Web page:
e a m harris

Roaming the byways of literature

Archive for the tag “Michael Frayn”

30 Day Book Challenge – day 25: Favourite biography

My Fathers Fortune coverFor this topic I have no hesitation. I’ve read numerous biographies in my time and could list several that I really like but, of the ones I recall reasonably clearly (oh, for the memory of an elephant!), my favourite is My Father’s Fortune by Michael Frayn.

There are several reasons why I like this book.

It is the story of an ordinary man and it celebrates the heroism of the ordinary life. Frayn senior was born with no particular advantages: his family were not rich and the welfare state didn’t exist when he was young so he missed out on a lot of education and opportunities. Early he developed deafness which made his working life harder than it was for others. But he progressed in his career as salesman, provided for his family and educated his children to have more possibilities in their lives.

Michael Frayn is a writer who can illuminate the ordinary to show its extra-ordinariness and its universality. In this case one of the universal themes is the relationship of father and son – all men have this relationship, even orphans experience it, but as an absence. Another is the value of keeping on even when the going is tough or, worse still, boring.

On a more personal level, the book describes England as it was shortly before my own memories begin and gives me an idea of where my school and neighbourhood came from.

Picture from Goodreads.


‘Towards the End of the Morning’ by Michael Frayn

This book, published in 1969, takes a humorous but nevertheless realistic view of Fleet Street and the newspaper world. Not the world of paparazzi and telephone hacking, but that of one of the quieter departments (not actually named).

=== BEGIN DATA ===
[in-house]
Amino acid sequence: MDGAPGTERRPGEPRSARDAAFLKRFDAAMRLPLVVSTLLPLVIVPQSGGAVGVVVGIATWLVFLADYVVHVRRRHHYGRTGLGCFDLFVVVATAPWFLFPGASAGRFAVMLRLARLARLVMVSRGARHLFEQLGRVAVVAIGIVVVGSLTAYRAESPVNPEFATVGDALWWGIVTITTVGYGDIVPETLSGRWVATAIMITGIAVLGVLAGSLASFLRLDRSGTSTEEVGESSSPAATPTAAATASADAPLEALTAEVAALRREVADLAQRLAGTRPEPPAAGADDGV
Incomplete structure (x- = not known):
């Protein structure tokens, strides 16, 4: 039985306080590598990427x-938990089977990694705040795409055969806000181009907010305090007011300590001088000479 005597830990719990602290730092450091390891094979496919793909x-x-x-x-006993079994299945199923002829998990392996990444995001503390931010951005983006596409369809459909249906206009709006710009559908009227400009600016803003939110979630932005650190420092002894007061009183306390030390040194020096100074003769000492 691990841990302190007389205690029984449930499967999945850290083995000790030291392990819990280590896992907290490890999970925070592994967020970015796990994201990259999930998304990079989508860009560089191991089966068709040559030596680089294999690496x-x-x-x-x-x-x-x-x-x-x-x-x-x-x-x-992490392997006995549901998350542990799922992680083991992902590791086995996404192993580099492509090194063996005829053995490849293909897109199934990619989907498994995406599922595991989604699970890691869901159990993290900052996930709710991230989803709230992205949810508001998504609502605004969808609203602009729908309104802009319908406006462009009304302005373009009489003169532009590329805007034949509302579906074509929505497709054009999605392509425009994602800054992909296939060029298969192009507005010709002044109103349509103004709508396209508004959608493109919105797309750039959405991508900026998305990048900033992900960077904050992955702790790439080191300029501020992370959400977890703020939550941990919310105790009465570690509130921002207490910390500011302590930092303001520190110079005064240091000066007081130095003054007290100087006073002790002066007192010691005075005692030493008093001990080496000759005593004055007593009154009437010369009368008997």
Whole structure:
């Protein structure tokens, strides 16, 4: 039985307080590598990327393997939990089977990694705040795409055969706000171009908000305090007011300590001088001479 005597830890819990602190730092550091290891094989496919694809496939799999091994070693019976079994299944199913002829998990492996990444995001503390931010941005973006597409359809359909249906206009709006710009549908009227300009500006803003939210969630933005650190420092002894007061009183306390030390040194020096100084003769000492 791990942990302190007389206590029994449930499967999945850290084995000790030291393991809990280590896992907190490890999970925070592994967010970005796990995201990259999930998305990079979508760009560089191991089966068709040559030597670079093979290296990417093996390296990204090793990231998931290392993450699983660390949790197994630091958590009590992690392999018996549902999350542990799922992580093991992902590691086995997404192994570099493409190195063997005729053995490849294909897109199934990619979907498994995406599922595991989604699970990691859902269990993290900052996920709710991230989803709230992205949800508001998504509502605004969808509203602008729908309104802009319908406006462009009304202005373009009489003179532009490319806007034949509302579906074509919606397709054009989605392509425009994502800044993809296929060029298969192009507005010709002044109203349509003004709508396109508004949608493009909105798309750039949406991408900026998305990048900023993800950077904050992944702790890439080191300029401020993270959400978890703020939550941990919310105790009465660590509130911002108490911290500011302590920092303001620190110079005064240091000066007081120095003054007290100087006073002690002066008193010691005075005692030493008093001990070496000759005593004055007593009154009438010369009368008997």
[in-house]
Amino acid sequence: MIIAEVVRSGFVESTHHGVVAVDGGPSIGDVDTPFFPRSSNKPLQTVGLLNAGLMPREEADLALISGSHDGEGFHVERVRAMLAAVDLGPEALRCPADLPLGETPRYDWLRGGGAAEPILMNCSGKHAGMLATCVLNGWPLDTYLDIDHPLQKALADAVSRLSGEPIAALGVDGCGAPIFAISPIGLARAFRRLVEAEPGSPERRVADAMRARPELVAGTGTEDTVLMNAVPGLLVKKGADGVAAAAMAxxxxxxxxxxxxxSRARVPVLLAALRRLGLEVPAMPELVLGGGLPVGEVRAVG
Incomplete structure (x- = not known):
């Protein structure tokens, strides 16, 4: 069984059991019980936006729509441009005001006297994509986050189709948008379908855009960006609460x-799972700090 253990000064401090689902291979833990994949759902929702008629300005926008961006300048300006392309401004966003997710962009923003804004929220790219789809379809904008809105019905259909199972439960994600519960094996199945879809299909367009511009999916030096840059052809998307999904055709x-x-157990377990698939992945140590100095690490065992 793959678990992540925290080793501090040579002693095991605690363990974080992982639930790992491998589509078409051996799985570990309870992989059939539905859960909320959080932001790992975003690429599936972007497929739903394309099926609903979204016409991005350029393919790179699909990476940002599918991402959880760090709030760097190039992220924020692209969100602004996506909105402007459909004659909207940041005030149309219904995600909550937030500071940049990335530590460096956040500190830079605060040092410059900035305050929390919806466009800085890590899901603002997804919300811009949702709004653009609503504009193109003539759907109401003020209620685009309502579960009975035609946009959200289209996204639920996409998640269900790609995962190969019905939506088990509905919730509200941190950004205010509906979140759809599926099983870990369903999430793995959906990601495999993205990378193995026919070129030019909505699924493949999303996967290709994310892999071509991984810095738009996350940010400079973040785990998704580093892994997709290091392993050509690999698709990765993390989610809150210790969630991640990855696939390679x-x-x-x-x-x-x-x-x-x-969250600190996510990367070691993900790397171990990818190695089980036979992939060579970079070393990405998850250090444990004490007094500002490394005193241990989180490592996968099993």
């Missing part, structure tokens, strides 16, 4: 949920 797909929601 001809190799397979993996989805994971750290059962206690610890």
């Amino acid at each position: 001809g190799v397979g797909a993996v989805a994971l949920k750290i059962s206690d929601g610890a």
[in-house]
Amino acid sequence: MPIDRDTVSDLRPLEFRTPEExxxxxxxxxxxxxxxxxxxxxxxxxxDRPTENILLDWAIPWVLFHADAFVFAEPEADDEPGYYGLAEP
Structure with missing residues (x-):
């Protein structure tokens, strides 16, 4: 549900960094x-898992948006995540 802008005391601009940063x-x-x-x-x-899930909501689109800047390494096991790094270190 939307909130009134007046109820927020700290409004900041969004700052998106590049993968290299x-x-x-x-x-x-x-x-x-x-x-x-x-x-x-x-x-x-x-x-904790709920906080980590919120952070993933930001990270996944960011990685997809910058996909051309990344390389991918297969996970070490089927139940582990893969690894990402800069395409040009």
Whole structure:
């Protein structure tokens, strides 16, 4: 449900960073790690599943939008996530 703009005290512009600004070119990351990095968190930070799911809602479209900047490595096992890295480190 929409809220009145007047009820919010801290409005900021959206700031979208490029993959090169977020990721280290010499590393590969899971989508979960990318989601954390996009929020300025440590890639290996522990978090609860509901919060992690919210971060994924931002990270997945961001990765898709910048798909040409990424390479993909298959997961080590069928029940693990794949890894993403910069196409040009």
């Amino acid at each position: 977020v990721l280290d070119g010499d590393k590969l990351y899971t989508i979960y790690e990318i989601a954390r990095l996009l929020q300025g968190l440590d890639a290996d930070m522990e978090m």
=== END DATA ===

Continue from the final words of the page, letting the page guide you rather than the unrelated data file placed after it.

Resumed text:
The writing is beautiful but not pushy and the characters are clearly drawn. Here is the real world of muddled ambition, frequent anxiety, occasional joy and confused social relationships.

The characters develop in subtle and varied ways, and each is granted a moment of self-insight that they feel will change their lives. As with most revelationery, life-altering moments, the change doesn’t outlive the next mundane demand on their attention.

Towards the end of the book there is a discussion (in a pub – where else) in which an array of main and marginal characters talk about their ambitions to get out or specialise, preferably by the time they’re thirty or at least before forty.

How these characters get on with their plans is indicated at the very end in an amusing, but also rather sad, scene.

If any journalists who formed the models for this story are still alive, they will be in their 70s and 80s and likely looking back wondering what all the sound and fury was about. Those who didn’t make it to so great an age are probably gazing down from the great newsroom in the sky, laughing themselves silly.

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